LYDIA KO: Just sometimes people could have these crazy breaks where it ended up not being on the green any more. And after seeing those I was like, man, it's going to be fast. And the course is going to get drier as we play. It means it's going to get faster and faster. No, I tried to take the positive out of it and had fun seeing the men's game. Obviously, they spin it and hit it a lot further than we do. But it was just good to see them right there and seeing it live.

Q. Just curious if there are any specifics that Fluff has given you around the greens in terms of advice, something that you learned from last week on a specific hole?
LYDIA KO: You know, more, obviously, you want to have an uphill putt, so that kind of led to him saying, if you're in between two clubs, you'd rather hit the shorter one, so there is a bigger opportunity where I would be putting up towards the hole rather than giving myself, it might be pin-high, but it might be where it breaks the most. Definitely, if I'm in between two clubs, I'm going to go for the shorter one.

Q. Just a follow-up, in terms of your cloud that you're on with the PGA tour players, is there a highlight, someone you were most excited about meeting?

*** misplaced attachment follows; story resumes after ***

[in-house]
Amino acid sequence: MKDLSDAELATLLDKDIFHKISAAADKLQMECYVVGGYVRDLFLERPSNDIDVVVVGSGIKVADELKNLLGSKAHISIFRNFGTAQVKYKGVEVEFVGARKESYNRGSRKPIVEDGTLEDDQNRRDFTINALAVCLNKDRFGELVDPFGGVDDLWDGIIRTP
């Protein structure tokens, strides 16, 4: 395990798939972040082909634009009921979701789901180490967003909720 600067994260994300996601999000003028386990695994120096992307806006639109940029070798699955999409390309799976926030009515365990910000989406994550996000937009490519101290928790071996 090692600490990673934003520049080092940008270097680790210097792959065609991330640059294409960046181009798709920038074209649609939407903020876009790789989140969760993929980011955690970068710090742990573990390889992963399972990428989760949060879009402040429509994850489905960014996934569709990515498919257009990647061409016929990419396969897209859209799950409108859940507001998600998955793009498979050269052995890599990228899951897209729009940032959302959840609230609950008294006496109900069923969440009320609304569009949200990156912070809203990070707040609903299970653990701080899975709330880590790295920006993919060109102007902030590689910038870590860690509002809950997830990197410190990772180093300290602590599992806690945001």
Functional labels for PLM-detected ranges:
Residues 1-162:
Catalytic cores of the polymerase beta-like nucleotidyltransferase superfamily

LYDIA KO: No, they were all like, wow. After I met one, I kind of had a mental breakdown, it wasn't functioning for a while. But it was just really cool. I probably won't be able to see the PGA tour players for a long time again. Hopefully, this kind of thing might happen more often, I don't know. I was just super excited that some of them knew who I was. I really wanted to meet Gary Woodland. He's part of Callaway now, and I was watching on Sunday, on the 17th hole and he came up to me and another player, Sue Kim, and gave us a handshake. That was pretty cool to kind of do it during his round.

Q. If you see your career so far, what do you think would be the success of your career so far in golf? The key of success?
LYDIA KO: I don't think there is like this secret. And I think people have asked me this, and kind of think there is something behind it, but I personally don't know what is doing this. But the big thing is I'm having lots of fun. And I'm having fun on the tour this year. I wouldn't be able to tell you this magical secret and equation behind things, yeah.

Q. Would you say you keep having fun, as you used to, playing golf?
LYDIA KO: I think so. Obviously golf, it's a sport where you can play for a really long time. And if you don't have fun, you're not going to play well. And I think, when you have fun, the time goes faster. I've played 11 years of golf now, coming up to my 12th.

Q. What's been the key for you in terms of turning pro? How has the experience gone versus maybe what you expected when you made the decision to turn pro?